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  23. David Charles (2004). GC I 5: Simple Genesis and Prime Matter. In Frans de Haas & Jaap Mansfeld (eds.), Aristotle's on Generation and Corruption I Book 1: Symposium Aristotelicum. Clarendon Press
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  24. William Charlton (1983). Prime Matter: A Rejoinder. Phronesis 28 (2):197 - 211.
  25. Gennaro Chierchia (2010). Mass Nouns, Vagueness and Semantic Variation. Synthese 174 (1):99 - 149.
    The mass/count distinction attracts a lot of attention among cognitive scientists, possibly because it involves in fundamental ways the relation between language (i.e. grammar), thought (i.e. extralinguistic conceptual systems) and reality (i.e. the physical world). In the present paper, I explore the view that the mass/count distinction is a matter of vagueness. While every noun/concept may in a sense be vague, mass nouns/concepts are vague in a way that systematically impairs their use in counting. This idea has never been systematically (...)
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  26. Guy Claessens (2012). Francesco Piccolomini on Prime Matter and Extension. Vivarium 50 (2):225-244.
    This paper examines the view held by Francesco Piccolomini (1523-1607) on the relation between prime matter and extension. In his discussion of prime matter in the Libri ad scientiam de natura attinentes Piccolomini develops a theory of prime matter that incorporates crucial elements of the viewpoint adhered to by the Neoplatonist Simplicius. The originality of Piccolomini’s undertaking is highlighted by contrasting it with the ideas found in Jacopo Zabarella’s De rebus naturalibus . The case of Piccolomini shows that, in order (...)
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  27. Nino Cocchiarella (2002). On the Logic of Classes as Many. Studia Logica 70 (3):303-338.
    The notion of a "class as many" was central to Bertrand Russell''s early form of logicism in his 1903 Principles of Mathematics. There is no empty class in this sense, and the singleton of an urelement (or atom in our reconstruction) is identical with that urelement. Also, classes with more than one member are merely pluralities — or what are sometimes called "plural objects" — and cannot as such be themselves members of classes. Russell did not formally develop this notion (...)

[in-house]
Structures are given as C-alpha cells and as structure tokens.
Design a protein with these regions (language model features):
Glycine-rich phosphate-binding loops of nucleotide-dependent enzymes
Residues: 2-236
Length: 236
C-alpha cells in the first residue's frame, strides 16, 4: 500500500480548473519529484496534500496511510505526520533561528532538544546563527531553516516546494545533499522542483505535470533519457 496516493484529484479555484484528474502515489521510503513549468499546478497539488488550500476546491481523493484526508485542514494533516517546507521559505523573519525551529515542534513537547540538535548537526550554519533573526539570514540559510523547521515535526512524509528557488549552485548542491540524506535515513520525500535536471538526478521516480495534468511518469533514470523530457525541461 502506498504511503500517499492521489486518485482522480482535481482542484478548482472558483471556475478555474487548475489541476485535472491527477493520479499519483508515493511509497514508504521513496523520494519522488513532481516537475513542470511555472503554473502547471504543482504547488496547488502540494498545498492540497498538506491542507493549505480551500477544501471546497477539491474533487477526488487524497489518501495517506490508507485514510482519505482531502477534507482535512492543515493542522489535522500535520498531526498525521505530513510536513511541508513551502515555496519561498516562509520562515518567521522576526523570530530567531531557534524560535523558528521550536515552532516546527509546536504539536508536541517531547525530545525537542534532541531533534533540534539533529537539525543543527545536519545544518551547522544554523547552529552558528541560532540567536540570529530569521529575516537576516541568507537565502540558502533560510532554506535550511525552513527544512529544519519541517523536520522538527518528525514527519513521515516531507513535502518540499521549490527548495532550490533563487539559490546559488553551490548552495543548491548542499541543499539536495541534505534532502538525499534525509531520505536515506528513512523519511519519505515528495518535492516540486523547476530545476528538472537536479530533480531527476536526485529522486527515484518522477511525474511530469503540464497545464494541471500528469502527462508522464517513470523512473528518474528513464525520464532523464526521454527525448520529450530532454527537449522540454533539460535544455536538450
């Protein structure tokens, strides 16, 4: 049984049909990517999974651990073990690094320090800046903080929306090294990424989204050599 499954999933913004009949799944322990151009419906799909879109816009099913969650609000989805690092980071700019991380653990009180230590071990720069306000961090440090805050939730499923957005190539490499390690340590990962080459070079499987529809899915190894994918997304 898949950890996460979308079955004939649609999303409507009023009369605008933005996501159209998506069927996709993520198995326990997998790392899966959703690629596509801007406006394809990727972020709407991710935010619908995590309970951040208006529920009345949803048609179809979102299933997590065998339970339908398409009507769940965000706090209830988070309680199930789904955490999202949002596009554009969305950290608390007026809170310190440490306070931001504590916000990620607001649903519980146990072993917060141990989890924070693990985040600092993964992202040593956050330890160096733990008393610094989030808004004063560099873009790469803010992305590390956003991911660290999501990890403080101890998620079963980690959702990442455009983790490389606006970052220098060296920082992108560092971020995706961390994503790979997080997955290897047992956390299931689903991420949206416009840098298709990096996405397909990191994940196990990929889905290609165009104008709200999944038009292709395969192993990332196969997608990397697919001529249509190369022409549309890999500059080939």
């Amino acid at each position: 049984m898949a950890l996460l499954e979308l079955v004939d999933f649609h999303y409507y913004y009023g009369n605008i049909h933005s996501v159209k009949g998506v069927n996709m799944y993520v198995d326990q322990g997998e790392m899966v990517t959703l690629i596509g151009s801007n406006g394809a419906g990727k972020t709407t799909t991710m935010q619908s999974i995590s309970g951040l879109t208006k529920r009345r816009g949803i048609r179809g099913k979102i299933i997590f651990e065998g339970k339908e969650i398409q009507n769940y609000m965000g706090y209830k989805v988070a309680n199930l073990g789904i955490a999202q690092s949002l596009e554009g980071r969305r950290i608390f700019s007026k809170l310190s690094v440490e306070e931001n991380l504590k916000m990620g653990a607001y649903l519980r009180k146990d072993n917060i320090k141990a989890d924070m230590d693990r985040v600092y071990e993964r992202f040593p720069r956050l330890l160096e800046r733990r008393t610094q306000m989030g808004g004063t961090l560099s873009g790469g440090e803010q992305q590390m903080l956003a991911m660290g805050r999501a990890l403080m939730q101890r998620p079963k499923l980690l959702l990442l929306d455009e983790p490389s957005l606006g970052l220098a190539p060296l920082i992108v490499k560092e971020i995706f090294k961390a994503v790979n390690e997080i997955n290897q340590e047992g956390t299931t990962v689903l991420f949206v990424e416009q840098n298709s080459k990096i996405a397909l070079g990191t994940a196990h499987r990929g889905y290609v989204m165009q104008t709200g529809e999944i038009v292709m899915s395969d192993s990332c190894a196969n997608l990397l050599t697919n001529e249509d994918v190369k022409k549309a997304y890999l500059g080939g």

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  28. Kathleen C. Cook (1975). On the Usefulness of Quantities. Synthese 31 (3-4):443 - 457.
    I have argued that there is a philosophical problem posed by a need to determine the reference of expressions which seem to refer to kinds of stuff or matter and to make identity claims about it (e.g., ‘the gold’, ‘the same clay’). Ordinary sortal expressions such as ‘lump’, and ‘piece’ have been shown to be inadequate to the task of providing reference for the expressions in question. What is necessary is an expression which does not have an ordinary sortal use (...)
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  29. Thomas Crowther (2011). The Matter of Events. Review of Metaphysics 65 (1):3- 39.
    A distinction has often been drawn between processes and accomplishments; between, say, *walking* and *walking to the shops*. But it has proved difficult to explain the nature of this distinction in a satisfying way. This paper offers an explanation of the nature of this distinction that is suggested by the idea that there is an ontologically significant correspondence between temporal and spatial notions. A number of writers, such as Alexander Mourelatos (1978) and Barry Taylor (1985), have argued that the spatial (...)
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  30. Alain de Libera & Olivier Massin (2014). Qu'est-ce qu'une fondue ? [What is a fondue?]. In Massin Olivier & Meylan Anne (eds.), Aristote chez les Helvètes. Ithaque
    We review the history of the philosophy of fondue since Aristotle so as to arrive at the formulation of the paradox of Swiss fondue. Either the wine and the cheese cease to exist (Buridan), but then the fondue is not really a mixture of wine and cheese. Or the wine and the cheese continue to exist. If they do, then either they continue to exist in different places (the chemists), but then a fondue can never be perfectly homogenous (it is (...)
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  31. Crawford L. Elder (2011). Familiar Objects and Their Shadows. Cambridge University Press.
    Most contemporary metaphysicians are sceptical about the reality of familiar objects such as dogs and trees, people and desks, cells and stars. They prefer an ontology of the spatially tiny or temporally tiny. Tiny microparticles 'dog-wise arranged' explain the appearance, they say, that there are dogs; microparticles obeying microphysics collectively cause anything that a baseball appears to cause; temporal stages collectively sustain the illusion of enduring objects that persist across changes. Crawford L. Elder argues that all such attempts to 'explain (...)
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  32. Crawford L. Elder (2008). Against Universal Mereological Composition. Dialectica 62 (4):433-454.
    This paper opposes universal mereological composition (UMC). Sider defends it: unless UMC were true, he says, it could be indeterminate how many objects there are in the world. I argue that there is no general connection between how widely composition occurs and how many objects there are in the world. Sider fails to support UMC. I further argue that we should disbelieve in UMC objects. Existing objections against them say that they are radically unlike Aristotelian substances. True, but there is (...)